In addition to this we could also make reference to St. John Cassian.  Somewhere in his writings he poses the question, “Why is it that we find variant opinion among commentators of the Holy Scriptures?”  And he answers, “Because before being purified from the passions they rush into the work of interpreting the Scriptures.”

So, for us, our Holy Fathers, such as those we commemorate today, are the interpreters of the Holy Scriptures and they are our theologians; they set down doctrine for us.  Let us also consider what theology is, since this also speaks of the state of grace acquired by the Saints which enabled them to interpret the Scriptures.  Archimandrite Zachariah explains this well in relating how his spiritual father, Elder Sophrony defines theology.  He writes:

For Elder Sophrony, theology is above all an abiding in God.  It is accompanied by the saving and regenerating power of the Spirit, Whose nature although it cannot be declared, nevertheless conveys an illuminating revelation.  The man who bears this state bears ‘the word of life’ (Phil. 2:16)….

In his book on Saint Silouan, Elder Sophrony confirms that true theology is neither the fruit of intellectual erudition, nor the conjecturing of man’s reason, but rather the narration of an important occurrence which is the encounter between the spirit of man and the Living God. (Man the Target of God, pp. 101-2)

And Father Sophrony compares the rational approach of man to theology with that which is the fruit of man’s experience of grace as follows:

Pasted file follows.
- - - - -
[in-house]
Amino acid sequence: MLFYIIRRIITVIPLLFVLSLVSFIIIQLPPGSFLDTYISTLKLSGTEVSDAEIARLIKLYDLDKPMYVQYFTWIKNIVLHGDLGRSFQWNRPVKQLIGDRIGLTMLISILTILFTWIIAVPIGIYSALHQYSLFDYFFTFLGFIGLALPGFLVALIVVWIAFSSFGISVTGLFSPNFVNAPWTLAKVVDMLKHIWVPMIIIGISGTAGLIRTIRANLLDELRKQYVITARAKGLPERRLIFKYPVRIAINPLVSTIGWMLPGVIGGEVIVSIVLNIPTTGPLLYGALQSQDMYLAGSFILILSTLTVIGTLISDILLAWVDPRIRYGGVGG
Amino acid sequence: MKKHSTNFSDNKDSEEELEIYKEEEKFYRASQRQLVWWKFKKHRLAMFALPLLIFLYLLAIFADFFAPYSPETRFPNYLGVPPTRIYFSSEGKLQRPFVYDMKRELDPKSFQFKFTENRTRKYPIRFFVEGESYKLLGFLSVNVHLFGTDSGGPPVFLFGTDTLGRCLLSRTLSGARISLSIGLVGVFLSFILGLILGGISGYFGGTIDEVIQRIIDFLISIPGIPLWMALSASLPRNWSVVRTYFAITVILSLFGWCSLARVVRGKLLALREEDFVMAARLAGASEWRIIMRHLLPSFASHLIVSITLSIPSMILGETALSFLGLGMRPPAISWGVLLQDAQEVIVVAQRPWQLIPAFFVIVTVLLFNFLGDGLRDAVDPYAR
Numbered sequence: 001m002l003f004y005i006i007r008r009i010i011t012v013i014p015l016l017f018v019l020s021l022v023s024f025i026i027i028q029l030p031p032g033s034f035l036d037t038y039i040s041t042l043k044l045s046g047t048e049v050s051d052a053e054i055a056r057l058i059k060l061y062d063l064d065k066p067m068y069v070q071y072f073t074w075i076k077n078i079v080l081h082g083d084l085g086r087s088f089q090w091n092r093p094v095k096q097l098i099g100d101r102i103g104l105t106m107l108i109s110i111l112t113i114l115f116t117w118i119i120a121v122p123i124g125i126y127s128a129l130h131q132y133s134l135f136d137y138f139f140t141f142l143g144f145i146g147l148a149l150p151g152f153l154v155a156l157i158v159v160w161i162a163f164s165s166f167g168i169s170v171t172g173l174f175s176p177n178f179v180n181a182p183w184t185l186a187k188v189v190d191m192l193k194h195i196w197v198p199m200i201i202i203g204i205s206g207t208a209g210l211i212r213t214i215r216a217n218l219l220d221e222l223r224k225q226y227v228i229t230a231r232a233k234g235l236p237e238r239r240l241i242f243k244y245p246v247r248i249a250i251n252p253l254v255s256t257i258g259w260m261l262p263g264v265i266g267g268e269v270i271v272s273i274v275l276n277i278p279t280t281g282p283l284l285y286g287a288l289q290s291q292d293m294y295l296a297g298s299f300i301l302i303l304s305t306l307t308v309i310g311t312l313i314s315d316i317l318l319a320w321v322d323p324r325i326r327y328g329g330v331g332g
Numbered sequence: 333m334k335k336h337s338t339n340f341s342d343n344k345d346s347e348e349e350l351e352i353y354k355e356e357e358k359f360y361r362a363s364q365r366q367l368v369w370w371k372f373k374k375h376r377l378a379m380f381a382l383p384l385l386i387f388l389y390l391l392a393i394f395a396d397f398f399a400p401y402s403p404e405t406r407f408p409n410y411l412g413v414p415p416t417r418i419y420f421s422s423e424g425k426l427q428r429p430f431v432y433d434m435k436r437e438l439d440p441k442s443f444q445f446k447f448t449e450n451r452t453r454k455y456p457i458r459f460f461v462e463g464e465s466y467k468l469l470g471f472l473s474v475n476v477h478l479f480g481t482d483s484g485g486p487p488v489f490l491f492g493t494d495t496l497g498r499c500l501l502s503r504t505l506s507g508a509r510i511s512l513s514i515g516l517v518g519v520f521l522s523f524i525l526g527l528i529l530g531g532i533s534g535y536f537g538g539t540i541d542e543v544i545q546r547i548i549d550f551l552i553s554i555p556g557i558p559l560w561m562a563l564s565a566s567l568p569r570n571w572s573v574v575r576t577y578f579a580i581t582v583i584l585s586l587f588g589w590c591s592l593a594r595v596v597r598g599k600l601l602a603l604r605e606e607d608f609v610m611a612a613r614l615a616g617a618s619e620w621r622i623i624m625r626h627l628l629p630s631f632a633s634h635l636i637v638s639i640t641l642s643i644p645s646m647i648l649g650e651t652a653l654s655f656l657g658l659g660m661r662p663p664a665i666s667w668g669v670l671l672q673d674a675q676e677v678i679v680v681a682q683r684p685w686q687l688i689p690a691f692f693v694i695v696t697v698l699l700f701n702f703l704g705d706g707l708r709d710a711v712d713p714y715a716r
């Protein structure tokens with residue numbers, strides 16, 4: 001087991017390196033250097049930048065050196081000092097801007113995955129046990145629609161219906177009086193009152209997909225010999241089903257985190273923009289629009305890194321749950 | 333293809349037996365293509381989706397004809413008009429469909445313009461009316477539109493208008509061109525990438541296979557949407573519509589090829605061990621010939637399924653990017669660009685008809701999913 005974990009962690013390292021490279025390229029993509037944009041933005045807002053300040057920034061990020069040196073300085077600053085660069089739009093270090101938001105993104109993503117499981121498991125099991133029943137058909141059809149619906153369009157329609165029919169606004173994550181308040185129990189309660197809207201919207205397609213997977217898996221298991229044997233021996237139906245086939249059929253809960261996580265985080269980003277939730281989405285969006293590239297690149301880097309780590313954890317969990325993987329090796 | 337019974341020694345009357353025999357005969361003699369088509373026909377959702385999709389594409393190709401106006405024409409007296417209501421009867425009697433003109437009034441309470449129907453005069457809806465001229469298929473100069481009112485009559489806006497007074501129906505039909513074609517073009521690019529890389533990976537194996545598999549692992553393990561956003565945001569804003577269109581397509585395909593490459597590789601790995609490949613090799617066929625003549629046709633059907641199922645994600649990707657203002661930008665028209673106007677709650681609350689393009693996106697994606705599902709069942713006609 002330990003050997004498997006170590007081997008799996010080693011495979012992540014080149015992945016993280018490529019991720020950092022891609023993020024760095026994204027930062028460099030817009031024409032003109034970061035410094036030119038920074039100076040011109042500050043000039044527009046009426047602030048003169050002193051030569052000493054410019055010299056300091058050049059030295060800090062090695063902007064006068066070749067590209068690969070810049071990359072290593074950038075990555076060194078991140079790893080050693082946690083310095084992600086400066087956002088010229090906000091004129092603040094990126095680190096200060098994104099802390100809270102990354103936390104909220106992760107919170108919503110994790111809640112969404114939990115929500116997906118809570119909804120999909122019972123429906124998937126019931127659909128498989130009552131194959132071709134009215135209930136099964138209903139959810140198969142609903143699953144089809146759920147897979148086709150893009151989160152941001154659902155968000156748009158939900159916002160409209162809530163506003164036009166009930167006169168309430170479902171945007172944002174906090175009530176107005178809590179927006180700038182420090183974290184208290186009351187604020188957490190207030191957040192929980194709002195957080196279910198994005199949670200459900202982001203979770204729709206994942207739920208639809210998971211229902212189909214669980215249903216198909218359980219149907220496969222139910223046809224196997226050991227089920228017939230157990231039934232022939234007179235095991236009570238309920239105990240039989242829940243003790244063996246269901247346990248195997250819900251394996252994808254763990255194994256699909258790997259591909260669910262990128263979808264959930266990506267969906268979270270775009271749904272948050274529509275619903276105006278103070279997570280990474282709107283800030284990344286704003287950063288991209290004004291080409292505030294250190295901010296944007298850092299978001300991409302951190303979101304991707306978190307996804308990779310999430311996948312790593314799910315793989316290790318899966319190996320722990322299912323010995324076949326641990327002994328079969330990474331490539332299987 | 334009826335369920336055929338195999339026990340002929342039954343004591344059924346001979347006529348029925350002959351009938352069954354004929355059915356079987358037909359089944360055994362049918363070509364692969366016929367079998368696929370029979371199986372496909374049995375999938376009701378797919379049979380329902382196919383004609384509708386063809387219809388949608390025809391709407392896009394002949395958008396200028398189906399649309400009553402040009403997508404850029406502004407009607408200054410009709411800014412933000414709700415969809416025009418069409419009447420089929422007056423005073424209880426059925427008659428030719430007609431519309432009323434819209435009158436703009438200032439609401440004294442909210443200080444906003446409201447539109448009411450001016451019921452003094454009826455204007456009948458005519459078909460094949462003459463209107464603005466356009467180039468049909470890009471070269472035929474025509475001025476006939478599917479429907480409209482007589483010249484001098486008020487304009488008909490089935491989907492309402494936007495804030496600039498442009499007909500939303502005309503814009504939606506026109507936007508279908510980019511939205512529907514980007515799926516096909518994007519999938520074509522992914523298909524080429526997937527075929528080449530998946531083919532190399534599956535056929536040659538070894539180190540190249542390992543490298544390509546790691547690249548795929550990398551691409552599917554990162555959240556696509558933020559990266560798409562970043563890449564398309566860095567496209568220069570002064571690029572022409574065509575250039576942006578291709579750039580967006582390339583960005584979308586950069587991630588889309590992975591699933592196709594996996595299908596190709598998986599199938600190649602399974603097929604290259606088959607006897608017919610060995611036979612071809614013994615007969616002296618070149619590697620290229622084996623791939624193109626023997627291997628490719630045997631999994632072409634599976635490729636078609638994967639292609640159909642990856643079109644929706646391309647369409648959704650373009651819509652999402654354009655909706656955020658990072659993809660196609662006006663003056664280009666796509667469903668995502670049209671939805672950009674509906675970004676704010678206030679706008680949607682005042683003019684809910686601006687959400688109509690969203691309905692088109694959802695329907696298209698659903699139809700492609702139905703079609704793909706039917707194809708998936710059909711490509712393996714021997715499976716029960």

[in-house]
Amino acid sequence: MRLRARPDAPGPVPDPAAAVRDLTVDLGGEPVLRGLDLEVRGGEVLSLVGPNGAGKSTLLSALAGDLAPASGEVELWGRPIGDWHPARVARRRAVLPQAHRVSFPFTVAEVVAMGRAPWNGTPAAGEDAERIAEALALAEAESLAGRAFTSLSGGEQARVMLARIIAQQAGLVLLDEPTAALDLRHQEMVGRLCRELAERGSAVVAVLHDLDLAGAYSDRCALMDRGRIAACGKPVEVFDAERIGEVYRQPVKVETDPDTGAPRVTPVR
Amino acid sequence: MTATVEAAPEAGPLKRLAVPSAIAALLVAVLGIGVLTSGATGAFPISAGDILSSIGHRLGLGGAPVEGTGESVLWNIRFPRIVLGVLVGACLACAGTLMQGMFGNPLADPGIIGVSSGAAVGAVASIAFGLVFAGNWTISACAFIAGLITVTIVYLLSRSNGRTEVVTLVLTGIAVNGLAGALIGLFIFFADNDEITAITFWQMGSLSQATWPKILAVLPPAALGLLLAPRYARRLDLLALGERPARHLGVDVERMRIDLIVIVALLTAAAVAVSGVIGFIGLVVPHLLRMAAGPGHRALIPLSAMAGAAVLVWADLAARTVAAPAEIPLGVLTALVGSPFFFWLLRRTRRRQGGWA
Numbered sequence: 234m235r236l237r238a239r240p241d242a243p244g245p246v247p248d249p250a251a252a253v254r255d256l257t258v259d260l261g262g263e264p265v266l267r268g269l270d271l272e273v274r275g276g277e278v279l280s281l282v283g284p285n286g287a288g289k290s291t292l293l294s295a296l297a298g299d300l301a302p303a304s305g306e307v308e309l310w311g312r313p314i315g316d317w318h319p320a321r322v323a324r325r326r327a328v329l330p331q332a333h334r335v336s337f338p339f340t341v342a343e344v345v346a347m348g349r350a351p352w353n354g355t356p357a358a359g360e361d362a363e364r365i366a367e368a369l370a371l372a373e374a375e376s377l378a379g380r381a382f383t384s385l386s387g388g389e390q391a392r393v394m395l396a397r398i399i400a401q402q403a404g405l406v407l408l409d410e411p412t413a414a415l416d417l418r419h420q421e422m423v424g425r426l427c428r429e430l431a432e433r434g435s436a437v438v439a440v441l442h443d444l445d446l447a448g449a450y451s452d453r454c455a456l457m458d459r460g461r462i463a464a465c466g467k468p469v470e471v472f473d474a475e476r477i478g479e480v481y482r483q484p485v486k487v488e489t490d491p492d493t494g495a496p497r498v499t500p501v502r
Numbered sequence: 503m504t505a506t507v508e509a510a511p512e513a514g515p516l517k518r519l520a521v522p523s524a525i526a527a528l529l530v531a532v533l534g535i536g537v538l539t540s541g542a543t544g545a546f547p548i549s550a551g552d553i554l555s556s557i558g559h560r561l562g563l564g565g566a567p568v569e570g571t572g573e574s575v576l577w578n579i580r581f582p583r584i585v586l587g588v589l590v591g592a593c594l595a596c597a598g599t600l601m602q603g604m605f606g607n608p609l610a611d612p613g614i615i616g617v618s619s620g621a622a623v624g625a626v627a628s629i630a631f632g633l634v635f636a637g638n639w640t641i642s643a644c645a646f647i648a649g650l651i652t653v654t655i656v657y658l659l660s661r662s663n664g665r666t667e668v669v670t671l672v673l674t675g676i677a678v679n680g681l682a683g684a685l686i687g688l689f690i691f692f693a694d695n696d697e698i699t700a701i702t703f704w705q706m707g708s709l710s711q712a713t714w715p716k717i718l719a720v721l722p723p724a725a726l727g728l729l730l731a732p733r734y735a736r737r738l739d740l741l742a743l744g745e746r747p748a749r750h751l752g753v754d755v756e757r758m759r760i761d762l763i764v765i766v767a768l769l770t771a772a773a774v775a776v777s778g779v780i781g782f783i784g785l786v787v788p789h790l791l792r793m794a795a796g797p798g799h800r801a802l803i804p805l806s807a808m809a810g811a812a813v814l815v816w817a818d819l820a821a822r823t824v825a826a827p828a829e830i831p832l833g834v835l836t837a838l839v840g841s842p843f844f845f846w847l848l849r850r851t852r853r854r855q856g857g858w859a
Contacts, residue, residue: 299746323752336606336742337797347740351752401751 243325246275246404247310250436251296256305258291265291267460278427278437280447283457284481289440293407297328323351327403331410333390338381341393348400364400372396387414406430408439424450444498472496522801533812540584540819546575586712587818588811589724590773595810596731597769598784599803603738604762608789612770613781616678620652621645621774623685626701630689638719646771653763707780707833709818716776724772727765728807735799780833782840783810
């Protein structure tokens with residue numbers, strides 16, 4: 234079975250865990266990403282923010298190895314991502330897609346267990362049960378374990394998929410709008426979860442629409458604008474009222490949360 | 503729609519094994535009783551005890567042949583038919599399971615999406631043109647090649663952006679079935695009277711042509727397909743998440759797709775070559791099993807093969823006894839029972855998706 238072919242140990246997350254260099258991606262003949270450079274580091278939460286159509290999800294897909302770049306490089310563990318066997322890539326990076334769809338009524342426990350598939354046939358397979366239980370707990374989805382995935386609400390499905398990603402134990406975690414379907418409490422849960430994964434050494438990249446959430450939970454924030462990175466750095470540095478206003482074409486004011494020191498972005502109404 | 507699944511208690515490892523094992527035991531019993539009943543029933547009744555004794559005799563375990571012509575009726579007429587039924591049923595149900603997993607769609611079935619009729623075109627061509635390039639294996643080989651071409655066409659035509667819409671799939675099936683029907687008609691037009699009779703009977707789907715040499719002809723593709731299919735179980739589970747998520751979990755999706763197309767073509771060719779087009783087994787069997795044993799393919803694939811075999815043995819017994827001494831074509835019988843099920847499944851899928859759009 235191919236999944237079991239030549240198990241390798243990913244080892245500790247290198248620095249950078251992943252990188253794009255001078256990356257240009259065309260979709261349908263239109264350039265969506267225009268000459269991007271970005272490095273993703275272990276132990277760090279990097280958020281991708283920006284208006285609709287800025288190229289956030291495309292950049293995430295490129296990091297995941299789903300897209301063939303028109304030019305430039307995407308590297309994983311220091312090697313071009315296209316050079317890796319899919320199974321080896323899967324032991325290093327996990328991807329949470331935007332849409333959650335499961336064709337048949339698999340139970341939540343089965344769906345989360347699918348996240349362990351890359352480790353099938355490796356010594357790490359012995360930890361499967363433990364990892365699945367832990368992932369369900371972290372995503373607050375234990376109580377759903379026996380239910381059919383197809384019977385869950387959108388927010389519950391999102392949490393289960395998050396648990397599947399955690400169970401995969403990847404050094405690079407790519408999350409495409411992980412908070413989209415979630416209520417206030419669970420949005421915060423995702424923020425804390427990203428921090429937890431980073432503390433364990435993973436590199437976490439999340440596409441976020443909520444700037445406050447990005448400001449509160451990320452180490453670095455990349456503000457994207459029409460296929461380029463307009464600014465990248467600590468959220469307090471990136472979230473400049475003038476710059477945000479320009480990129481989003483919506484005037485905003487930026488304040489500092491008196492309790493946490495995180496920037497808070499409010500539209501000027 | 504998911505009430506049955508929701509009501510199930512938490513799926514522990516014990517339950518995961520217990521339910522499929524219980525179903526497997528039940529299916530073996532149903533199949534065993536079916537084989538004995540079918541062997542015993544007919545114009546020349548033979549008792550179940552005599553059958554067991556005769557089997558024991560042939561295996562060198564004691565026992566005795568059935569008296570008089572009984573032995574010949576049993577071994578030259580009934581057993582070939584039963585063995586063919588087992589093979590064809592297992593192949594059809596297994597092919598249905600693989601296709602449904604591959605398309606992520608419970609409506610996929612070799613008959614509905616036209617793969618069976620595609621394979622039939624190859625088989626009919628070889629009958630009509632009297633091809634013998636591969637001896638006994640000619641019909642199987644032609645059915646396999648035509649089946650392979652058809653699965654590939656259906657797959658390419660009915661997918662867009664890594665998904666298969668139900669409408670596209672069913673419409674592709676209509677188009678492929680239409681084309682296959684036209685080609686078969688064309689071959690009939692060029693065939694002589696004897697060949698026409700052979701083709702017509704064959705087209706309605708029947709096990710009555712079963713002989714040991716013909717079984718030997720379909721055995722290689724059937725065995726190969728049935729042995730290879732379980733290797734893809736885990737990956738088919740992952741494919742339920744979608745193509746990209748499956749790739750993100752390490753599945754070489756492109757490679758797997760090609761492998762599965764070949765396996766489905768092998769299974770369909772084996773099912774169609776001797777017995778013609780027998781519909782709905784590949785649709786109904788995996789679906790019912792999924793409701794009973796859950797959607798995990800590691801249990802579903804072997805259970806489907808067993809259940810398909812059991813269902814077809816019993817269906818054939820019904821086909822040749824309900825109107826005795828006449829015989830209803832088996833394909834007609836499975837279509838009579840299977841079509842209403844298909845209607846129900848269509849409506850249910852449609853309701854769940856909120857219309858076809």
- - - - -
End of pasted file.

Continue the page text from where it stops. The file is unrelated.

With iron drills men drill the earth’s crust for oil, and are successful.  With their intellectual powers they drill heaven for the fire of Divinity but are rejected of God because of their pride.

Divine contemplation is accorded to man, not in those precise moments when he seeks it, and it alone, but when his soul descends into the hell of repentance and does really feel that she is the meanest of creatures.  Contemplation forcibly attained, as it were, through the reason is not true but only seemingly contemplation.  To accept such contemplation as truth creates conditions in the soul which may prevent the action of grace and make genuine contemplation impossible.

Knowledge revealed in the contemplation which proceeds from grace surpasses even the most sublime creations of the imagination, as St. Paul affirmed when he said, ‘Eye hat not seen, nor ear heard, neither have entered into the heart of man, the things which God hath prepared for them that love Him.’ (ICor. 2:9)  When man, as happened with the Apostles, has been caught up by grace in to a vision of Divine Light, he afterwards translates into theology the things he has seen and known.  Authentic theology consists, not in the conjecture of man’s reason or the results of critical research but in a statement of the life into which man has been introduced by the action of the Holy Spirit. (Saint Silouan the Athonite, pp. 169-170)